I'm back after a long hiatus.... Not sure if there is anyone still around that even remembers me....


Founding Member
Nov 13, 1998
Edmond, Oklahoma
Oldest is married, middle kid is graduated college and a school teacher, the youngest is graduated high school and going to vo-tech for video editing.

I've since acquired a Whirley-Jig and a South Bend 9x42 WWII era lathe in addition to my Miller 130 MIG I've had for a number of years (looking to upgrade it).
I'm trying to finish up a long awaited garage cleanup so that I can actually work in the darn thing, hoping a 40x60 shop is in future in a few years. Again, car is a '65 A-code coupe that was a bench seat car, disc brakes with air, Honey Gold with a black vinyl top. The car needs quarters and the back end done, but the roof is pretty pitted from the vinyl top.

I've been watching Jo Daddy's Garage series on the Brooklyn Pony as well as Peterson Restoration's fastback builds. I'm impressed with JDG's attention to detail in many areas and the speed that PR builds his rolling shells. I'm leaning towards making my car a fastback and since rear seats are kinda hard to come by, I'm trying to figure out where to find a rear seat frame. Preliminary pricing pushes conversion costs towards the $10k mark even before shipping said parts. The largest costs being $1900/ea door frame/quarter interior stampings and $500/ea full quarter panels ($4800 right there!!!!) along with the $1090 fold down seat assembly which I don't believe have the seat springs attached.

I need to do an assessment of the car's current condition (its a parts shed right now and probably a mouse house) and that will likely happen in a few months (although if we have a national shutdown, it may help it along). Nonetheless, Youtube has been a great encouragement and learning tool.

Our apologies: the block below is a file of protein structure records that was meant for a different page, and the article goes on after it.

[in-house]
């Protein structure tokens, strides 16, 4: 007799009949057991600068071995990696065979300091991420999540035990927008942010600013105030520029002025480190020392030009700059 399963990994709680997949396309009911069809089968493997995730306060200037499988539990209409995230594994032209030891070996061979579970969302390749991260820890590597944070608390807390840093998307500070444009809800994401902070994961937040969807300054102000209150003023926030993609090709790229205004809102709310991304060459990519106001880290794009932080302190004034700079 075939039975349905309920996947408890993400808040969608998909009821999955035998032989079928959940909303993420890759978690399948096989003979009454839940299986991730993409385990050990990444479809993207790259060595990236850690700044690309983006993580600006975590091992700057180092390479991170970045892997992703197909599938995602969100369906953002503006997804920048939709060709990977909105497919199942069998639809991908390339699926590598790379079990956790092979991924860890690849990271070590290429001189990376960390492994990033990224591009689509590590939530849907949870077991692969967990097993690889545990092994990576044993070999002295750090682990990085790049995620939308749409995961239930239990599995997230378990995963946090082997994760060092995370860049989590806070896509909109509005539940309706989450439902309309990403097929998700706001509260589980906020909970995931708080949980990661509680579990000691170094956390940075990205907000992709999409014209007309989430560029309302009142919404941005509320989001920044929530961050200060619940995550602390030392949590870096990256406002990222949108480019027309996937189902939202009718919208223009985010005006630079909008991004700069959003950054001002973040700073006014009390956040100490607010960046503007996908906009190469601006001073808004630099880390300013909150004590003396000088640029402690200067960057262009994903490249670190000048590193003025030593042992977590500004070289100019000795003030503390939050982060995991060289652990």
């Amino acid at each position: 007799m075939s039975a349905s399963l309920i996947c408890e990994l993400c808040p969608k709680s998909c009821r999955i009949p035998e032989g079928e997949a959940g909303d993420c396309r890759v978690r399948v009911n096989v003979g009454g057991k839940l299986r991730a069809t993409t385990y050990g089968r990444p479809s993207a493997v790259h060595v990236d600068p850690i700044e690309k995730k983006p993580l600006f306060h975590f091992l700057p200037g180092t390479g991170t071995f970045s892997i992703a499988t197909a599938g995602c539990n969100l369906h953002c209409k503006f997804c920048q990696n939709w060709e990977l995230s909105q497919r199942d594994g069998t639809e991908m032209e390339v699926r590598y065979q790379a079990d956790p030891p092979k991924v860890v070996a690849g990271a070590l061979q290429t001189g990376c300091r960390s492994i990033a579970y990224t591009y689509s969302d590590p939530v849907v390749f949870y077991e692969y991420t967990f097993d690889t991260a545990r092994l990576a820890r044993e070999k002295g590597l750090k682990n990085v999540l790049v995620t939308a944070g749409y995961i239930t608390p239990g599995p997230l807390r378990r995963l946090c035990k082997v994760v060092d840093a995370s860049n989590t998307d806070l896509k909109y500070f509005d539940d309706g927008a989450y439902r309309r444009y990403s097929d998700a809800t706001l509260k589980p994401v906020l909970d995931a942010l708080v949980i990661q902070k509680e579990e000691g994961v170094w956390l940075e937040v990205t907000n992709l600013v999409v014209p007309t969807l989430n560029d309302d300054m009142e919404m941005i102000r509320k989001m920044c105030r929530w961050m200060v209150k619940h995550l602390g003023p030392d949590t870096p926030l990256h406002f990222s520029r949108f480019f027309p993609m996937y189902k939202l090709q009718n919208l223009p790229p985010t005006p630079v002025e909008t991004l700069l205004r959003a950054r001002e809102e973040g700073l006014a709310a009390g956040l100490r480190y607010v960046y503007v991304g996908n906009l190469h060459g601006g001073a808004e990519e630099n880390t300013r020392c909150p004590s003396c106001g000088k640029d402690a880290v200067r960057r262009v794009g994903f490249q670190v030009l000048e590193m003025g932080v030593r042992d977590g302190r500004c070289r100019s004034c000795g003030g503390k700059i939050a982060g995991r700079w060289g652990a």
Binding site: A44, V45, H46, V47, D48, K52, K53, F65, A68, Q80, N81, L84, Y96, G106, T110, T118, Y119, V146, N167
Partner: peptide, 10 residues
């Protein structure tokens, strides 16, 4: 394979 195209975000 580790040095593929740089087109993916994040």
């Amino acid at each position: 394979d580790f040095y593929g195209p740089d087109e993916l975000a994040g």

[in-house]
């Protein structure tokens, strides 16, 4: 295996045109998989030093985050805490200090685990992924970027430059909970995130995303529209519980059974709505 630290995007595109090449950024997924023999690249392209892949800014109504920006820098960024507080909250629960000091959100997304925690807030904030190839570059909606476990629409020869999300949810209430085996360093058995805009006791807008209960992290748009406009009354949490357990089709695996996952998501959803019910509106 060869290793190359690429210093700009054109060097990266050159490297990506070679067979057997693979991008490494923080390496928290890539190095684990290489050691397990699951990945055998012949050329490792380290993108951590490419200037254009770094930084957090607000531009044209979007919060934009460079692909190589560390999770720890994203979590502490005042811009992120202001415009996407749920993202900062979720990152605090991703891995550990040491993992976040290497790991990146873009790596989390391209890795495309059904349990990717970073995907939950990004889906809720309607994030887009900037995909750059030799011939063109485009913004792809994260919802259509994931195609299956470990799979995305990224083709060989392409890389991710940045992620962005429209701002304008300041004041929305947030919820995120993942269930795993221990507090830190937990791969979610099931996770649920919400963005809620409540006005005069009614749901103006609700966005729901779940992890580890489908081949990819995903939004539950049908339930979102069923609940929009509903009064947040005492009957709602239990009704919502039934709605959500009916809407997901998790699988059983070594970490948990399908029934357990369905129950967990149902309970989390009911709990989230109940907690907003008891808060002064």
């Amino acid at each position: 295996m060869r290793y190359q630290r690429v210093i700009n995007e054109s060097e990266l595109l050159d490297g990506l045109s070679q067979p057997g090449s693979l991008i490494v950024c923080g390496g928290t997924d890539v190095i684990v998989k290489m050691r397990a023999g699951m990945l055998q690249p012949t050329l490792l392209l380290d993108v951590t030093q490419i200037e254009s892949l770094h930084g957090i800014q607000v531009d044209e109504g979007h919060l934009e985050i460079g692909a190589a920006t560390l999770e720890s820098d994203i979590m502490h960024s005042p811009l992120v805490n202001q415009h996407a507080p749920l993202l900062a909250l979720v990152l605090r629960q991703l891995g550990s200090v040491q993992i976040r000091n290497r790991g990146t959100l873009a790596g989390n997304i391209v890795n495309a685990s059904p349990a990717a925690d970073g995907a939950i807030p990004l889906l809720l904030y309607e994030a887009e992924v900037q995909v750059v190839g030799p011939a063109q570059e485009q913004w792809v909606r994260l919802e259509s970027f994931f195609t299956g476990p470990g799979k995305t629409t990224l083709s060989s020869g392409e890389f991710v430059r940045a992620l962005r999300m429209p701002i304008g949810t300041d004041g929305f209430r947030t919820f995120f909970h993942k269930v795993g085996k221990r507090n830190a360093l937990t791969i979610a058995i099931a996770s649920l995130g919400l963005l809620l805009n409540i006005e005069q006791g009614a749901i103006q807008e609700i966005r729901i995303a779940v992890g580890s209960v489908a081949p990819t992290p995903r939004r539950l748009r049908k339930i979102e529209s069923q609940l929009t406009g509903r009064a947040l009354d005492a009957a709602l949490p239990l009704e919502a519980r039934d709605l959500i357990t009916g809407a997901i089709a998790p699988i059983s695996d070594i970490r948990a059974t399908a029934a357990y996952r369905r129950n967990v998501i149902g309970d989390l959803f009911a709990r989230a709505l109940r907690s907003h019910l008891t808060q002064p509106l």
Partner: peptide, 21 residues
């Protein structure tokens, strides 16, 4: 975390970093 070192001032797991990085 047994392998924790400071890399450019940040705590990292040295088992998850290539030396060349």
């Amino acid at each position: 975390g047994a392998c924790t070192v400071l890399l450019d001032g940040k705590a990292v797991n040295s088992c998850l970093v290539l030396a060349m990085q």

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Jo Daddy's Garage is good for basic instruction...its actually because of his videos that I replaced my quarters entirely instead of just trying to patch the lower sections...a little time consuming, but really not all that hard.
It's all about timing, I just logged in for the first time in several years (not a founding member). I started cleaning up the garage last weekend and have been driving my 67 quite a bit over the last 6 weeks. It's time to get the hands dirty and take care of car projects I've been putting off.
My 1st Mustang was a '67 vert, bought it in Albuquerque in '87 from a girl. She'd been restoring it, new red interior and new white top, engine and trans rebuilt, it needed body and trim and paint. It was originally a aqua car with aqua interior, but had been painted black...

with a brush...

I was in the middle of restoring the car and a lady ran a red light and t-boned the car in the passenger door, pushed me into a '68 GTO that had just been restored, 16 year old kid was the owner, our cars met at the base of the A-piller, his car was bent in a V, mine was bent into a U. 289 car with a T-10 4 speed and a REALLY stiff clutch. The top hoses were rotted out, as in there was nothing there, some barbed fittings. My dad told me to go down to a hydraulic hose place to make up some hoses. I don't remember how many PSI they were good to, but I think those little hoses would have worked on a dozer.